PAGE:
depressed person at computer

Digital treatments for depression conditionally approved by NHS body

Image credit: Dreamstime

Around 40,000 people in the UK could be offered apps designed to help them treat conditions such as depression, anxiety disorders and body dysmorphia.

Eight digital therapies have been “conditionally recommended” by the National Institute for Health and Care Excellence (Nice) while further evidence is generated.

One in six people in the UK report experiencing a common mental health problem such as anxiety and depression in any given week, according to NHS Digital.

The high demand for NHS talking therapies means that some people currently have to wait up to six weeks to access help.

Six technologies were conditionally recommended for helping adults with anxiety disorders. The Perspectives app was approved for those suffering from body dysmorphic disorder.

For depression, the committee conditionally recommended the use of three online CBT programmes – Beating the Blues, Deprexis, and Space from Depression (Silvercloud) – as treatment options.

Finally, for post-traumatic stress disorder, iCT-PTSD and Spring were approved, and for social anxiety disorder, iCT-SAD.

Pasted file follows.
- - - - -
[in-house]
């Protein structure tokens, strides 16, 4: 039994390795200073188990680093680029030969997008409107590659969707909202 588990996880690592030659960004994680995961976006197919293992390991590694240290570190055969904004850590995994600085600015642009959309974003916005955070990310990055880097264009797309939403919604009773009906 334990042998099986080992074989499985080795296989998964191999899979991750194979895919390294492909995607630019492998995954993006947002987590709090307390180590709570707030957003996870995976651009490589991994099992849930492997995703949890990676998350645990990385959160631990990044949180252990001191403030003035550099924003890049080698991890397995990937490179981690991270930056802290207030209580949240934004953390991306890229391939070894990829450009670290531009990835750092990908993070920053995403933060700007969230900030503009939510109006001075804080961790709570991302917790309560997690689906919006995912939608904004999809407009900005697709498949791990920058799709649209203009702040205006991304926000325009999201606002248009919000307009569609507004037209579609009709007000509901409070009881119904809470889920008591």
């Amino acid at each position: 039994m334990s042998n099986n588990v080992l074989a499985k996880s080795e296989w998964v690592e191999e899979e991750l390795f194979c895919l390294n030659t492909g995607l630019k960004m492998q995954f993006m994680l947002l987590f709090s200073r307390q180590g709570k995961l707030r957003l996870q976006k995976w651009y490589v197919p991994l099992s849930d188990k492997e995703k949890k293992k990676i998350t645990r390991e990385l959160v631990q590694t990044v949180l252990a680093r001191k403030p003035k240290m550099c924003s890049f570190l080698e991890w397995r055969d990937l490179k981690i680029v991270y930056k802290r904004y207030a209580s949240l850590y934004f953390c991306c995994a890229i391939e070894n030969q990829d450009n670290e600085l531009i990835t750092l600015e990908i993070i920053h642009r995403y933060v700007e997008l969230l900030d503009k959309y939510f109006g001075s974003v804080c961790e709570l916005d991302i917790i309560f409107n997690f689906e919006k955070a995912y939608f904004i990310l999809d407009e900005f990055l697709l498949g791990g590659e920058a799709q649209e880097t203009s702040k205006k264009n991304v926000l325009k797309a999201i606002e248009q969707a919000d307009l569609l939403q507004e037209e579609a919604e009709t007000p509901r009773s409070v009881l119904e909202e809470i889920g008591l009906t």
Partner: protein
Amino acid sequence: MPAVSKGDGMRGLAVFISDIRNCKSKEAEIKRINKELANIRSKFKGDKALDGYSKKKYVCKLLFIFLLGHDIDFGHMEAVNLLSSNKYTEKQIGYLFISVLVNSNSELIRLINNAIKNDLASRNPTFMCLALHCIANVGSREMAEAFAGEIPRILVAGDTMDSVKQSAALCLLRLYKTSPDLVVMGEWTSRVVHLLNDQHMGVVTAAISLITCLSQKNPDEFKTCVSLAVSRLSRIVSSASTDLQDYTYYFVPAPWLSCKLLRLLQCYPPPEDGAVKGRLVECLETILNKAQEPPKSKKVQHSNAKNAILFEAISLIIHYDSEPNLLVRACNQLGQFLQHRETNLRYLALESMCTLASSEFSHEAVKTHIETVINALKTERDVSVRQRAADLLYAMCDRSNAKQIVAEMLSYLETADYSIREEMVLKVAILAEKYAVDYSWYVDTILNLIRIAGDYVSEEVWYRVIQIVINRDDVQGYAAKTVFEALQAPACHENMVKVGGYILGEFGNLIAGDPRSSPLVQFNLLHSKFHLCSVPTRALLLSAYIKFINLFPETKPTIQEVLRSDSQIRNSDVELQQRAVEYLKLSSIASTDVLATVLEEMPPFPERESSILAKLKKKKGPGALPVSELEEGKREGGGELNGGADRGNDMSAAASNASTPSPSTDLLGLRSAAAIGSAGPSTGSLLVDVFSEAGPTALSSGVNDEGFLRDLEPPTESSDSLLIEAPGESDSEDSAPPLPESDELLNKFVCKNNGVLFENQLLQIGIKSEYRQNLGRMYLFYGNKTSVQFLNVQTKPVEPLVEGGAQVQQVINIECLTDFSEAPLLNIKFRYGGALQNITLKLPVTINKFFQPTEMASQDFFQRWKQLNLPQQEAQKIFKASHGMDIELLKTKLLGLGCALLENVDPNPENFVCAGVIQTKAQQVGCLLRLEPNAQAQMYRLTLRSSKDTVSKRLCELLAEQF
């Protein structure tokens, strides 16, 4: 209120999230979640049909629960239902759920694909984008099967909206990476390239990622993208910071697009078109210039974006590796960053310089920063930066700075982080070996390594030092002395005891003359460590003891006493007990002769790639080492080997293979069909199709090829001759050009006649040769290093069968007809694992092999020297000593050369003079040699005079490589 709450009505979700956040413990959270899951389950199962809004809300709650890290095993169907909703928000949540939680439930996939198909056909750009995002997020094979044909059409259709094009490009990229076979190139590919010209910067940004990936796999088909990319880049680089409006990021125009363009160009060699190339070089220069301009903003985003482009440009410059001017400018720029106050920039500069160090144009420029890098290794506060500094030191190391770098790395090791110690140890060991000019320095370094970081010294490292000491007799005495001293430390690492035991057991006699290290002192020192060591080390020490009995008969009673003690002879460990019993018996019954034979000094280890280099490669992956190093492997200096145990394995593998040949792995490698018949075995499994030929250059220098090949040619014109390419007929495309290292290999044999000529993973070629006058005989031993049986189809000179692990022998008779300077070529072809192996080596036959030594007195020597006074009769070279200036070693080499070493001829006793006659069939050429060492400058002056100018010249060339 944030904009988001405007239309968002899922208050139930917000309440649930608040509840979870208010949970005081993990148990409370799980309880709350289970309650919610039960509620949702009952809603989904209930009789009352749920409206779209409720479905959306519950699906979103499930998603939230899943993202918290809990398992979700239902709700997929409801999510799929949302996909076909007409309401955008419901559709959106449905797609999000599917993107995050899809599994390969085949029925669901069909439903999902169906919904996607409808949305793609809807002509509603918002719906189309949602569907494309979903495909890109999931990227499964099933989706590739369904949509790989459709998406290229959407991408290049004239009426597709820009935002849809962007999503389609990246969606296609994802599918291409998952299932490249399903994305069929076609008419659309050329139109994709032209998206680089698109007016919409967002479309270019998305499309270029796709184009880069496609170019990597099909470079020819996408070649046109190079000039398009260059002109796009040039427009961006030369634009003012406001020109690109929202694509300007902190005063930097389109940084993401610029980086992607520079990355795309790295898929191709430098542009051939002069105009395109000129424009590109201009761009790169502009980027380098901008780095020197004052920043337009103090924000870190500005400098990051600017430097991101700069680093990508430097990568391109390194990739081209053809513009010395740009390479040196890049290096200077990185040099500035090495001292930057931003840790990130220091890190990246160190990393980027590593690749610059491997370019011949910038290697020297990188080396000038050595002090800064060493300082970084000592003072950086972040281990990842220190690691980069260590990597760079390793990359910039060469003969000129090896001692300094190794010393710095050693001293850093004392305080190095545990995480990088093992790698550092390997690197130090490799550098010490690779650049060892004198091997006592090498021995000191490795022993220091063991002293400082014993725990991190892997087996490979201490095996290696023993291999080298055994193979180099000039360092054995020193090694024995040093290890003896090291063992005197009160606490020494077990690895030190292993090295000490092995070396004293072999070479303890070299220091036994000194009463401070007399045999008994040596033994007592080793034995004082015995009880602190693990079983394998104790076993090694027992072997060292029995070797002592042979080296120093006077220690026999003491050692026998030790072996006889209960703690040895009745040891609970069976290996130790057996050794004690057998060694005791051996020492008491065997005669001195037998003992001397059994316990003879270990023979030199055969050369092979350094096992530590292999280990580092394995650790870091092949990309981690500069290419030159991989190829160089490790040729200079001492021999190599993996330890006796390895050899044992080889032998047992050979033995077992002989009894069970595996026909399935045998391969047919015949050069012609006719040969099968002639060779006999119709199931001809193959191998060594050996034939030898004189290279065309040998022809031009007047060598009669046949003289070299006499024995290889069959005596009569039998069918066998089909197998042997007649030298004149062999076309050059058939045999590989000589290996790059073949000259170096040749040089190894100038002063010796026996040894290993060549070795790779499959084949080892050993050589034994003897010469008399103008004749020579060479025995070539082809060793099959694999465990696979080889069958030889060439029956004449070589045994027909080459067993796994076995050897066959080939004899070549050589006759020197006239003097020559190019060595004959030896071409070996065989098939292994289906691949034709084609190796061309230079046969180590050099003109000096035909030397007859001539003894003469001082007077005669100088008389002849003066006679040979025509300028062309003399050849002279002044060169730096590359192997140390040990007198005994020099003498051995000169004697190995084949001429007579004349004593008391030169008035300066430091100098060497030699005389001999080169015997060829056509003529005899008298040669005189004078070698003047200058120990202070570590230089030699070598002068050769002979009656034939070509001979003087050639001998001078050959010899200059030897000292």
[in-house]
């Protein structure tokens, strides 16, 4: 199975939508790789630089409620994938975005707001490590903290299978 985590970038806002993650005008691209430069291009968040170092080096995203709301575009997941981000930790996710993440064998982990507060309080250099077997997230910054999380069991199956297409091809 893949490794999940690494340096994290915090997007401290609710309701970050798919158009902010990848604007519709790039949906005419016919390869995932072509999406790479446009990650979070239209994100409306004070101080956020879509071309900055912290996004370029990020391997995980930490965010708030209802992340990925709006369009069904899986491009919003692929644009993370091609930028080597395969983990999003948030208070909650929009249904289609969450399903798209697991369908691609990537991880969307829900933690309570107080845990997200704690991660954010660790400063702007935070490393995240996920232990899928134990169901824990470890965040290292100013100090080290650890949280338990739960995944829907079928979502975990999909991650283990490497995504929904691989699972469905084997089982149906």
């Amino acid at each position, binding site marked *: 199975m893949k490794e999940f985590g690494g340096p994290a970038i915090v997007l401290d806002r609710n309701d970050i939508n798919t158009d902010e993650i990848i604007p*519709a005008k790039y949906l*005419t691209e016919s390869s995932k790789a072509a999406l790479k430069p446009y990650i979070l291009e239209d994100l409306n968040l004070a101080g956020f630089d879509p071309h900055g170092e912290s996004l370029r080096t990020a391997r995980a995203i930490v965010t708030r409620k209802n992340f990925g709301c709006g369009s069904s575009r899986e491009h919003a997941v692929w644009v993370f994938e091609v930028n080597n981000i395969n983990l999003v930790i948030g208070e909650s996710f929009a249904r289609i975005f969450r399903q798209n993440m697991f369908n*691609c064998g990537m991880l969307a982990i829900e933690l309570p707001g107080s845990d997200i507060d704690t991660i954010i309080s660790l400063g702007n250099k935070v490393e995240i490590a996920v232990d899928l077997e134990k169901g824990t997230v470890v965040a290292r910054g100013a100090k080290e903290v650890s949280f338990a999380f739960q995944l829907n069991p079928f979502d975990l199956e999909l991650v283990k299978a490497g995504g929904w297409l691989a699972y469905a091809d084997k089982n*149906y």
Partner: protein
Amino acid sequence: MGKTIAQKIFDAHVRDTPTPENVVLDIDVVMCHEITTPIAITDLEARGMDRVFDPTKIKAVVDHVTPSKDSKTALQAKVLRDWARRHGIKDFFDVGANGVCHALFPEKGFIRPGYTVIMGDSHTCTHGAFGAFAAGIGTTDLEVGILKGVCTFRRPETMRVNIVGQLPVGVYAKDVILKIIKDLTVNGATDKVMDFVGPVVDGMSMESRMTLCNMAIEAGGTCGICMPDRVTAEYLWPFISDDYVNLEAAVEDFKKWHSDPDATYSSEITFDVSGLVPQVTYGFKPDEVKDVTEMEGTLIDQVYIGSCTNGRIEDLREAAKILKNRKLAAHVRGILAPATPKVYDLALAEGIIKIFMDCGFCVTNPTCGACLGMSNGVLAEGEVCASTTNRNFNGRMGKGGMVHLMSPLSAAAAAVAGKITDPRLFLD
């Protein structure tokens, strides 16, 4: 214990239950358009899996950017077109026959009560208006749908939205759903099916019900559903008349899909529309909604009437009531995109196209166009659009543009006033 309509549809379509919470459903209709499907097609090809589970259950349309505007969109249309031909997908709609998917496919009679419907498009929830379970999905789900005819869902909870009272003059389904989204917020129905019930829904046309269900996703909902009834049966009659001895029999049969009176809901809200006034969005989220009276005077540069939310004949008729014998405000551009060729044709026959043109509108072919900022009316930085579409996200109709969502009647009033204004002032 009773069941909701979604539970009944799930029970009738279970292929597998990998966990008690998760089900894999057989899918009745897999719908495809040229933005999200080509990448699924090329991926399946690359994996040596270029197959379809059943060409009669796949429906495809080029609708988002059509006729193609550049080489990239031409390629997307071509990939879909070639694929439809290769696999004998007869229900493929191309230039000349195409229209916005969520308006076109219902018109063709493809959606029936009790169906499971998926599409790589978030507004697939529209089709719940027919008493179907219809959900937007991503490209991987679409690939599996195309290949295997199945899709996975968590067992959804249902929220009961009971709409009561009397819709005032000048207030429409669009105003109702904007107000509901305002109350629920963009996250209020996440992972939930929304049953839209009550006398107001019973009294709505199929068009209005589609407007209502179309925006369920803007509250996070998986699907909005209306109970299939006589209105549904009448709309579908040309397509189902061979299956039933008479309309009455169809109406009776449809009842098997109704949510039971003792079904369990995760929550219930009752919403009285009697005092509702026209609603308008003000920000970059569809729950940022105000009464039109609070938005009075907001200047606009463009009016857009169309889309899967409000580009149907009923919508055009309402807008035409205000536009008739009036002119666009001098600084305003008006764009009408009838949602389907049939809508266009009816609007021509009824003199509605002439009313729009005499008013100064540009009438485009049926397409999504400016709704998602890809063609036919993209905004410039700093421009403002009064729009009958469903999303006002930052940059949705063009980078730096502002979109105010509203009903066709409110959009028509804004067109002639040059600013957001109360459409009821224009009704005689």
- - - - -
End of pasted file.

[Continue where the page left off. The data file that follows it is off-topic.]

Mark Chapman, interim director of medical technology and digital evaluation at NICE, said: “Our rapid assessment of these eight technologies has shown they have promise.

“Developed using tried and tested CBT methods, each one has demonstrated it has the potential to provide effective treatment to the many thousands of people who live with these conditions.

“We want these new treatment options to be available for people to use as quickly as possible and we also want to make sure they are clinically effective and represent good value for the NHS. The additional evidence collected during this period will help us do that.”

Digital therapies offer an alternative way for people to access help and offer more flexibility around both time and location of treatment.

The medical technology advisory committee heard from clinical and patient experts as part of their consideration of the evidence for the eight technologies. The evidence included the positive impact of CBT on these conditions and how these technologies can improve access.

Elizabeth Mullenger, lay specialist member on the NICE committees, said: “Digital technology could transform the experience of people living with mental illnesses. It can be incredibly isolating to be on a long waiting list for in-person treatment. You might know that help is coming, you just don’t know when.

“Having access to a digital therapy could help prevent this lonely feeling. Sometimes people need support most in the middle of the night, or after a busy day at work, and it’s hard to know where to turn. Having access to digital therapy can give people the help they need, when they need it.”

In December, researchers at The University of Texas at Austin used e-tattoos to measure the emotional stress levels of patients.

Sign up to the E&T News e-mail to get great stories like this delivered to your inbox every day.

Recent articles